We found that more than 60 percent of pediatric patients had malnutrition irrespective of age group. This finding is important, as nutrition shows a reciprocal relationship with infection, and good nutritional status is associated with good immune function . Additionally, more than half of them had at least one comorbidity, with the frequency being significantly higher among children and infants than among neonates. However, the overall proportion of comorbidities found in our study was higher than that found in other studies  and lower than that in those who needed neonatal intensive care unit admission. Most of the comorbidities were probably coincident or concomitant findings in COVID-19 rather than precipitating factors. As the virus spreads via airborne respiratory droplets and mostly causes mild or asymptomatic disease in the pediatric population, in most cases, it was a coincidental finding in children presenting with other diseases in the hospital. However, some of the diseases might be consequent of COVID
-19 as well. We noted multisystem inflammatory syndrome in 3 children, which was previously established as a rare but severe complication of COVID-19 among children.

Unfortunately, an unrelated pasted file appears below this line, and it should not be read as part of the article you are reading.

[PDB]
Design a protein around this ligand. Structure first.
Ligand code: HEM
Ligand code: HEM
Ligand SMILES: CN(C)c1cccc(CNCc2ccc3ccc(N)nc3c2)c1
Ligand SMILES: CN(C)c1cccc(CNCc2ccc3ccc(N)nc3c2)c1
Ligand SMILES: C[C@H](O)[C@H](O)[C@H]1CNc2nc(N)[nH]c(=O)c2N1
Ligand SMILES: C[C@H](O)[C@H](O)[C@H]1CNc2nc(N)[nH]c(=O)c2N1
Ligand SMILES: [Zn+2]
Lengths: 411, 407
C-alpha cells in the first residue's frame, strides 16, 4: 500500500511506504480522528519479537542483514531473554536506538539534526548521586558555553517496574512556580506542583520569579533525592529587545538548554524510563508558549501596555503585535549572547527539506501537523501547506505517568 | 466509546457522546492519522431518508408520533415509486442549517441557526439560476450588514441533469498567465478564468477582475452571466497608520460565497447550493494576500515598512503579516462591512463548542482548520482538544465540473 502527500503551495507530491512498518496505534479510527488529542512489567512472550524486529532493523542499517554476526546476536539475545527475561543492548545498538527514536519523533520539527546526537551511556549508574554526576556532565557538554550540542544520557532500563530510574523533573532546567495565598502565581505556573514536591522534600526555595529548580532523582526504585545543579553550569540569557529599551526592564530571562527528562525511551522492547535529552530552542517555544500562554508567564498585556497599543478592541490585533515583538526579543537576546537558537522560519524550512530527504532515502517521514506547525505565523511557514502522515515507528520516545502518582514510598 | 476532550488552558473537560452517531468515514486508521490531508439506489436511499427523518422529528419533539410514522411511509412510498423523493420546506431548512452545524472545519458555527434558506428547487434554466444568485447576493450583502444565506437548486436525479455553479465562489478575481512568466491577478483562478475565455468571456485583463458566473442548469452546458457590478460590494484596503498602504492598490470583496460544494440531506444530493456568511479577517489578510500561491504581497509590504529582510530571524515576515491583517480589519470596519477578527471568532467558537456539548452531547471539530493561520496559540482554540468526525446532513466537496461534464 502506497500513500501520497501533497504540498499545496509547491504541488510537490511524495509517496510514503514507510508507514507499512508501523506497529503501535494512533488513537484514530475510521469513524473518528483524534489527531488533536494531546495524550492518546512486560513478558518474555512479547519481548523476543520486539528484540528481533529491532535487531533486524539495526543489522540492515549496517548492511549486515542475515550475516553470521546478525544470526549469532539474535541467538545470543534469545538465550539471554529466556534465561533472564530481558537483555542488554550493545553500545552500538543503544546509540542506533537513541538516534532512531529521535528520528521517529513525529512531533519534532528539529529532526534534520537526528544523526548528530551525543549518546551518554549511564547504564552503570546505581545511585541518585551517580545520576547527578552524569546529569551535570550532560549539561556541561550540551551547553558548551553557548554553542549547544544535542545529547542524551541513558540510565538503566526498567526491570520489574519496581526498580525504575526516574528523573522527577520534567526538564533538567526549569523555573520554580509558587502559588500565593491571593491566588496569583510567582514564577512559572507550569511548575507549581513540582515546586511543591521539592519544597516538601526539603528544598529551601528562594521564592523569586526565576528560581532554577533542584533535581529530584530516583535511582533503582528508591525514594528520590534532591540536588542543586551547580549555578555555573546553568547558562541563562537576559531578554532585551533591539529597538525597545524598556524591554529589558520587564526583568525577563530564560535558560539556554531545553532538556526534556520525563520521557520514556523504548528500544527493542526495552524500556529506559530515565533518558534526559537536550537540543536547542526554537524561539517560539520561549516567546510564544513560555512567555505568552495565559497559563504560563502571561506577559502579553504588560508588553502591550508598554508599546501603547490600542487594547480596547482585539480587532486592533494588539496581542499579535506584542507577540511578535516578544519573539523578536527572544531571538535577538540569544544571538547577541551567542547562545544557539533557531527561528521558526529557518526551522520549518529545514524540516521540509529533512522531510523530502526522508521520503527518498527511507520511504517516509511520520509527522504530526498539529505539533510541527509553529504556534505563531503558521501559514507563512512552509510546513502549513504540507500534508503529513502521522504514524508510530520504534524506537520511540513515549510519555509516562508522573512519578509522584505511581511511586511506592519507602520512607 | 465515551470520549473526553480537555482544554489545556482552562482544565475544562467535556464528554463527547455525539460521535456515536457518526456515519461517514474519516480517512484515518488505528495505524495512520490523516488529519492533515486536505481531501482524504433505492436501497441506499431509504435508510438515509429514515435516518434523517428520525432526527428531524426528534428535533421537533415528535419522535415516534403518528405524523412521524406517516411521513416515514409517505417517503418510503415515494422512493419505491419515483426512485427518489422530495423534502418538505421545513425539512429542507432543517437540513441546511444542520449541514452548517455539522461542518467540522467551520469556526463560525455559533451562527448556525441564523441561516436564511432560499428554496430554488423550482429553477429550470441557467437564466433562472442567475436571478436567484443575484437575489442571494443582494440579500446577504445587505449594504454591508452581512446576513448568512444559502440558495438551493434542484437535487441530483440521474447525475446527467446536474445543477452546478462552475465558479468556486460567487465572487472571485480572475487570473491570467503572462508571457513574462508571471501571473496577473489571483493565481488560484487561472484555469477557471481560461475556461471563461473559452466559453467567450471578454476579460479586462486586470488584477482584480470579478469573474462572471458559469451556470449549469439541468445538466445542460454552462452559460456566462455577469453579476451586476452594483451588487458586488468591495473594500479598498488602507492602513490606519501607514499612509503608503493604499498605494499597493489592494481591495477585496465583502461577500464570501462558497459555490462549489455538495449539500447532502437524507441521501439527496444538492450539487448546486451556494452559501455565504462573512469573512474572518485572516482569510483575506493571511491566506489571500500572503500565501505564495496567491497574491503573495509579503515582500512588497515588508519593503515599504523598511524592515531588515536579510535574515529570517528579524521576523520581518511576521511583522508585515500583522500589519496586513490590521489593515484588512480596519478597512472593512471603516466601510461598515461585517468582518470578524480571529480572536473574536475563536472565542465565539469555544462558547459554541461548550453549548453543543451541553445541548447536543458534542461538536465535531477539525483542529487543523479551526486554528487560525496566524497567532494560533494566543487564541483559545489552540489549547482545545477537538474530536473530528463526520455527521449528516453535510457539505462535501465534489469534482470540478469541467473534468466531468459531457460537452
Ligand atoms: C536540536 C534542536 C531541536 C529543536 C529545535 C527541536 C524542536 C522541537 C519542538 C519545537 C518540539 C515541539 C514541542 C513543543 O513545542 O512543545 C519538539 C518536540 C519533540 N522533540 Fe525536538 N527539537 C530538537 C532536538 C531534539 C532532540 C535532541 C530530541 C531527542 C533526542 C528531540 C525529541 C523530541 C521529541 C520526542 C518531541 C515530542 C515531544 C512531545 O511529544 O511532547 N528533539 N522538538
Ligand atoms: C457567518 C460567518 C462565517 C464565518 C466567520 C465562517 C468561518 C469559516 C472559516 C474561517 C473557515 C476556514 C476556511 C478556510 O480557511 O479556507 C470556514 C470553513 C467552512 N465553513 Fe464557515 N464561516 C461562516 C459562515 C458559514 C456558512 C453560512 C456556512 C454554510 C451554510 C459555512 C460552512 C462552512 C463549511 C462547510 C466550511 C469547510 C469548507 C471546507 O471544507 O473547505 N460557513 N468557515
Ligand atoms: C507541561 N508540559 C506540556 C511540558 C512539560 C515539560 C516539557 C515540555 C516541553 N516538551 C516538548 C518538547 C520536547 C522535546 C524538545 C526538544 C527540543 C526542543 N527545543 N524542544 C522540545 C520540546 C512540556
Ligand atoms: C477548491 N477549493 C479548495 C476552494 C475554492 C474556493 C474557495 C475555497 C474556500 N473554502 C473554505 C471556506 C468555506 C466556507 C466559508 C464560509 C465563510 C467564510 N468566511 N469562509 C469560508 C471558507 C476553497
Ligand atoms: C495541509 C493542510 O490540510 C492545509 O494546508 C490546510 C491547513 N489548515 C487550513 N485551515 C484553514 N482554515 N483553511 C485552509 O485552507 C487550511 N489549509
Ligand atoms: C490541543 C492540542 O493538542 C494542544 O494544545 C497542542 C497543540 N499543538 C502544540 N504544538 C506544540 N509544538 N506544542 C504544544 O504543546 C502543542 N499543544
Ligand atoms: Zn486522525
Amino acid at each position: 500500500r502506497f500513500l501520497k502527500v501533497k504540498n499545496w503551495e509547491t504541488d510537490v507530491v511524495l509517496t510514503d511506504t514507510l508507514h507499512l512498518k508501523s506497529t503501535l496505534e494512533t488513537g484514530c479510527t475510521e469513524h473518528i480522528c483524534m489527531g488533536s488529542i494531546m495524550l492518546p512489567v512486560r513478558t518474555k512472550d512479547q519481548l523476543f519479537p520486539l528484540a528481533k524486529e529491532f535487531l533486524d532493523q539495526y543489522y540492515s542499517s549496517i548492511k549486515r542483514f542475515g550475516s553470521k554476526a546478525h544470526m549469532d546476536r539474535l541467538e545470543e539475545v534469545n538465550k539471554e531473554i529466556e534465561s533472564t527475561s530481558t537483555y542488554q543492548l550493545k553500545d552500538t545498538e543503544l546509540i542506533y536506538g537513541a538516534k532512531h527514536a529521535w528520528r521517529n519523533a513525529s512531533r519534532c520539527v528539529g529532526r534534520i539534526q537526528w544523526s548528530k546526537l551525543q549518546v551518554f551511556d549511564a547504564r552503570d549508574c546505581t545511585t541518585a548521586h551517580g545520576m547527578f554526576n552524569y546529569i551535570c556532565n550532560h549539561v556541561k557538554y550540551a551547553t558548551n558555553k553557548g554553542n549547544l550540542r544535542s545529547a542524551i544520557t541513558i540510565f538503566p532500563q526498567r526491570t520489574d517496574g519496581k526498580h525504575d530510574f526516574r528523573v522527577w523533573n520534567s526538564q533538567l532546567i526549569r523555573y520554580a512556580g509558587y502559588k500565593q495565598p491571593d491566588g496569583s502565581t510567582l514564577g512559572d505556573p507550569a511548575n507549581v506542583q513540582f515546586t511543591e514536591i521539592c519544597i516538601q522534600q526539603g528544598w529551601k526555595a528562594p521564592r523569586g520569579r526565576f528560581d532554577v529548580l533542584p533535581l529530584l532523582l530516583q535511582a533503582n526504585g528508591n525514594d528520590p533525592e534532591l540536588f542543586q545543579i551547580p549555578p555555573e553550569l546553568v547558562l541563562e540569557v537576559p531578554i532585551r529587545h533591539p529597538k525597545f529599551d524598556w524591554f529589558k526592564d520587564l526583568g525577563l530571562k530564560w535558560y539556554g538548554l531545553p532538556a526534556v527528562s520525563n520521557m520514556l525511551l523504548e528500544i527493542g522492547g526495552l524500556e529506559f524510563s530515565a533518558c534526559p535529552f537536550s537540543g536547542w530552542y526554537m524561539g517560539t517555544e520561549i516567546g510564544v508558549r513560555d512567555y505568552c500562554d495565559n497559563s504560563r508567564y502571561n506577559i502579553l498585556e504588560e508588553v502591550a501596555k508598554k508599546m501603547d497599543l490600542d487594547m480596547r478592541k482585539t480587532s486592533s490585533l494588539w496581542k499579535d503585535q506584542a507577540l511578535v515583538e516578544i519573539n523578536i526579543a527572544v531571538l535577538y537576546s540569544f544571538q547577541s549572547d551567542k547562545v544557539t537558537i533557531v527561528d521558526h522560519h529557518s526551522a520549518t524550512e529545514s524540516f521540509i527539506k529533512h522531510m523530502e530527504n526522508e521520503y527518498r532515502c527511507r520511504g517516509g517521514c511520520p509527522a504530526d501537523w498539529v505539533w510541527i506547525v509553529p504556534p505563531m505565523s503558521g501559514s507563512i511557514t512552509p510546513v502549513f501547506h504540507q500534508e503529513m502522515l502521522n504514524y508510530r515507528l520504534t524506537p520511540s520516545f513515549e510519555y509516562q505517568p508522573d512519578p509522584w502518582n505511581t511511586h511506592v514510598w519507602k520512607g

Fever was the most common presentation, followed by breathlessness, abdominal pain, cough, seizure, and vomiting, among others. Two previous studies conducted among children with COVID-19 in Bangladesh[26, 32] also noted fever, cough, breathlessness, abdominal pain, and vomiting among the most common presenting features. In a systematic review of individual participant data, Christopher et el reported similar patterns of presentation. However, the proportion of individual symptoms varied among studies. SARS CoV-2 binds with ACE2, which is ubiquitous in the human body with high expression in the lungs, heart, ileum, kidney, and bladder. Hence, despite its entry through the lung, it might produce symptoms involving multiple systems of the body. However, respiratory and gastrointestinal intestinal intestinal presentation is the most common mode of presentation of the disease. We found that neonates were relatively asymptomatic compared to infants and children. Gastrointestinal complaints such as abdominal pain and vomiting were more common among children, and respiratory complaints such as breathlessness and cough were more common among infants. Christopher et el noted that children less than 7 years old tended to present with gastrointestinal complaints compared to older children. Our findings also conform to their results, as most of the child participants in our study were young with a median age of 64 months (5.33 years).